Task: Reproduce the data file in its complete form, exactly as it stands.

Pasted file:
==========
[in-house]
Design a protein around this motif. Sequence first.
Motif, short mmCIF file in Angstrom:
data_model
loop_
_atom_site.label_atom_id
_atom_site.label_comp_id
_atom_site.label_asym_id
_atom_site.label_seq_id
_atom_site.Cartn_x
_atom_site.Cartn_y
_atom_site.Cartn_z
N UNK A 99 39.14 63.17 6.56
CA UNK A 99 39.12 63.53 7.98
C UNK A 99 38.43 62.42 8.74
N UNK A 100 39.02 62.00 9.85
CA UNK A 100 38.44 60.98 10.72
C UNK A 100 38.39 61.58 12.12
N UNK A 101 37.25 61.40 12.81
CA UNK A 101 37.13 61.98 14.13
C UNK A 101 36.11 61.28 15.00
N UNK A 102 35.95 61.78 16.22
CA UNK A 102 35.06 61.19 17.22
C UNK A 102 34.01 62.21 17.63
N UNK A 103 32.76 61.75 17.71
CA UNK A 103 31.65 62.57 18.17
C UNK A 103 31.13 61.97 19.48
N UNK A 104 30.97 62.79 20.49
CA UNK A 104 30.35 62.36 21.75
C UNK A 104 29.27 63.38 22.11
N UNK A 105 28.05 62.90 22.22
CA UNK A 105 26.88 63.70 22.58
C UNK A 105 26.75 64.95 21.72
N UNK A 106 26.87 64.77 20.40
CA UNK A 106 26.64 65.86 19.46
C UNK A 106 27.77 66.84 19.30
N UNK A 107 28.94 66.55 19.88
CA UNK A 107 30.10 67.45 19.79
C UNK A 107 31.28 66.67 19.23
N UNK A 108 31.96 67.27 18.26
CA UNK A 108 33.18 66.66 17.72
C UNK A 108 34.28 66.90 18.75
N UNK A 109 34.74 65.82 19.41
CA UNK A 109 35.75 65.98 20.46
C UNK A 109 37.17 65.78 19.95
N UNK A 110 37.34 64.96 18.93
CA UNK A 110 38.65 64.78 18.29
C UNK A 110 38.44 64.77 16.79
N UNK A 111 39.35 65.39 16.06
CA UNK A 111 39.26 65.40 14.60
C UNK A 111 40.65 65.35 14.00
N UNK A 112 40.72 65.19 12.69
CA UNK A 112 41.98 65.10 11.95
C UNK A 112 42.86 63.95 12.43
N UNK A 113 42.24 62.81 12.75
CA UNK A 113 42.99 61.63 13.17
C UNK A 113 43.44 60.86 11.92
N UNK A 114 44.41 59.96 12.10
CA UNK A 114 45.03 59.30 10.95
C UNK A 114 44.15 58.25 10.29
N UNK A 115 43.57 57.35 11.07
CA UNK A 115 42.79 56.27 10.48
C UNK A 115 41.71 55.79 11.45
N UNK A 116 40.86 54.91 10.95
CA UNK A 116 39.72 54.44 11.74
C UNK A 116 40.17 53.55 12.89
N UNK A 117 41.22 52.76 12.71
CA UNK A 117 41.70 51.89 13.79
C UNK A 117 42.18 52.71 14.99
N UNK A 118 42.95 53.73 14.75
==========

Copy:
[in-house]
Design a protein around this motif. Sequence first.
Motif, short mmCIF file in Angstrom:
data_model
loop_
_atom_site.label_atom_id
_atom_site.label_comp_id
_atom_site.label_asym_id
_atom_site.label_seq_id
_atom_site.Cartn_x
_atom_site.Cartn_y
_atom_site.Cartn_z
N UNK A 99 39.14 63.17 6.56
CA UNK A 99 39.12 63.53 7.98
C UNK A 99 38.43 62.42 8.74
N UNK A 100 39.02 62.00 9.85
CA UNK A 100 38.44 60.98 10.72
C UNK A 100 38.39 61.58 12.12
N UNK A 101 37.25 61.40 12.81
CA UNK A 101 37.13 61.98 14.13
C UNK A 101 36.11 61.28 15.00
N UNK A 102 35.95 61.78 16.22
CA UNK A 102 35.06 61.19 17.22
C UNK A 102 34.01 62.21 17.63
N UNK A 103 32.76 61.75 17.71
CA UNK A 103 31.65 62.57 18.17
C UNK A 103 31.13 61.97 19.48
N UNK A 104 30.97 62.79 20.49
CA UNK A 104 30.35 62.36 21.75
C UNK A 104 29.27 63.38 22.11
N UNK A 105 28.05 62.90 22.22
CA UNK A 105 26.88 63.70 22.58
C UNK A 105 26.75 64.95 21.72
N UNK A 106 26.87 64.77 20.40
CA UNK A 106 26.64 65.86 19.46
C UNK A 106 27.77 66.84 19.30
N UNK A 107 28.94 66.55 19.88
CA UNK A 107 30.10 67.45 19.79
C UNK A 107 31.28 66.67 19.23
N UNK A 108 31.96 67.27 18.26
CA UNK A 108 33.18 66.66 17.72
C UNK A 108 34.28 66.90 18.75
N UNK A 109 34.74 65.82 19.41
CA UNK A 109 35.75 65.98 20.46
C UNK A 109 37.17 65.78 19.95
N UNK A 110 37.34 64.96 18.93
CA UNK A 110 38.65 64.78 18.29
C UNK A 110 38.44 64.77 16.79
N UNK A 111 39.35 65.39 16.06
CA UNK A 111 39.26 65.40 14.60
C UNK A 111 40.65 65.35 14.00
N UNK A 112 40.72 65.19 12.69
CA UNK A 112 41.98 65.10 11.95
C UNK A 112 42.86 63.95 12.43
N UNK A 113 42.24 62.81 12.75
CA UNK A 113 42.99 61.63 13.17
C UNK A 113 43.44 60.86 11.92
N UNK A 114 44.41 59.96 12.10
CA UNK A 114 45.03 59.30 10.95
C UNK A 114 44.15 58.25 10.29
N UNK A 115 43.57 57.35 11.07
CA UNK A 115 42.79 56.27 10.48
C UNK A 115 41.71 55.79 11.45
N UNK A 116 40.86 54.91 10.95
CA UNK A 116 39.72 54.44 11.74
C UNK A 116 40.17 53.55 12.89
N UNK A 117 41.22 52.76 12.71
CA UNK A 117 41.70 51.89 13.79
C UNK A 117 42.18 52.71 14.99
N UNK A 118 42.95 53.73 14.75